So we ask ourselves, 100 years later, has enough really changed? Harvey Weinstein has been able to get away with the assault and (allegedly) rape of women for over three decades without consequence until last year. The UK Parliament is still dominated by the pale, stale and male. Our nation has only 208 female MPs out of 650, and only 26 of these women are not white. Just like 100 years ago, there is clearly still room for major improvement.
Whilst this is obviously a centenary to celebrate, I also like to think of it as a turning point in the fight for gender equality.
As a 16-year-old student in London, I have noticed these issues being discussed more and more by girls my age both inside and outside the classroom, signalling an exciting time for the future of feminism. So what are the views of young women today on gender equality? And what do we think needs to be done?
Talking to my friends and fellow students at school, there is always a simple and resonating “no” when asked whether ‘we are there yet’ as a society in terms of gender equality. .
There is still a stereotype that women are still seen as inferior due to their sex. One friend summed it up when she said to me, “in actual fact we have the babies and we’re just as, if not more, emotionally intelligent than men. Attitudes within society need to change to appreciate that this idea of women being of less value or less capable than men is just wrong.”
Whilst there seems to be resounding agreement that we still do not have equality, there is still the question of why some women choose not to identify with feminism. The miscommunication that feminists are active ‘man-haters’ has left some women wary of the label. I loved it when one classmate pointed out: “so what if you are a ‘bra-burning lesbian’? What’s so wrong with that anyway?”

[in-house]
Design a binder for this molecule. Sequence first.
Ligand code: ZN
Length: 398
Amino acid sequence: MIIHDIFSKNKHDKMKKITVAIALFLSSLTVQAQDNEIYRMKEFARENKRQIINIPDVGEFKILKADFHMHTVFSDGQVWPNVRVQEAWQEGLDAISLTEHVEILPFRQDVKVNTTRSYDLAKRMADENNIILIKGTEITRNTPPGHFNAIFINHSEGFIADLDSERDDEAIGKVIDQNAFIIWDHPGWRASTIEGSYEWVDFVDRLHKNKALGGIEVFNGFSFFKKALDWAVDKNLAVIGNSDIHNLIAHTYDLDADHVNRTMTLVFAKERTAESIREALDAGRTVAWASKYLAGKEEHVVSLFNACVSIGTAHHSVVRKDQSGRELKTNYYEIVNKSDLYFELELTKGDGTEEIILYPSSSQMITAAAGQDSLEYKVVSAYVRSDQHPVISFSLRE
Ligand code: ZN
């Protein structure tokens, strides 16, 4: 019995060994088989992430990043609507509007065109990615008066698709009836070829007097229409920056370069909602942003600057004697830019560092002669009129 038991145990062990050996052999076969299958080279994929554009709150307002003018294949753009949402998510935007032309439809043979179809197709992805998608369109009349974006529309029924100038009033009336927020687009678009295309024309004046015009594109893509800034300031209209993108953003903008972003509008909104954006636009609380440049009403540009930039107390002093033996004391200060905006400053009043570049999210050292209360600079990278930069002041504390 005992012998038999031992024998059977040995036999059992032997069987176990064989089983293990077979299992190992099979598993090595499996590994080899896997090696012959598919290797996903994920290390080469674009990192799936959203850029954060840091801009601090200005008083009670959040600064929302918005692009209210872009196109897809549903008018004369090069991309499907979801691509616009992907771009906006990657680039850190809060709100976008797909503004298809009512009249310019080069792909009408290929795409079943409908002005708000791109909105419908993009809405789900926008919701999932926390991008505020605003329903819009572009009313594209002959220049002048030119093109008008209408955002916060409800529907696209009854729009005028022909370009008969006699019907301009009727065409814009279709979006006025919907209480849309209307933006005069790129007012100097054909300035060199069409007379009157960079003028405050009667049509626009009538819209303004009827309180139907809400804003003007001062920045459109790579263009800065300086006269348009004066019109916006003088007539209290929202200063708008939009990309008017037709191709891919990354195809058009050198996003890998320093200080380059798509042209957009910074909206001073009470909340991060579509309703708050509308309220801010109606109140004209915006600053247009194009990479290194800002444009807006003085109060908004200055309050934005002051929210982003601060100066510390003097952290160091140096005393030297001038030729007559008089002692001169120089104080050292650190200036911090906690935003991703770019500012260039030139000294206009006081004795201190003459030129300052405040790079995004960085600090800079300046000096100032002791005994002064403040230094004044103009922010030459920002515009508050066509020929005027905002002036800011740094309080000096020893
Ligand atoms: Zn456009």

But after a few laughs and dismissing some of the ridiculous stereotypes, the problem that we – as young women today – acknowledge, is that sexism is integrated in all aspects of society. The Brock Turner rape case in the United States, where Turner only ended up spending three months behind bars, is a stark reminder.
The fact that the criminal justice system questioned the victim’s sobriety and clothing during the case goes to show how women are still failing to be taken seriously. And you can see this injustice all over. In government, business, medicine and education, women are still underrepresented and their issues and concerns are often deemed as less important than men’s.
It is clear that despite the major advances in women’s rights, major industries still uphold patriarchal values. But this made me wonder, how much change can we be expected to make if we aren’t working together as women? Are there flaws in modern feminism?
Source/ rest: huffingtonpost.co.uk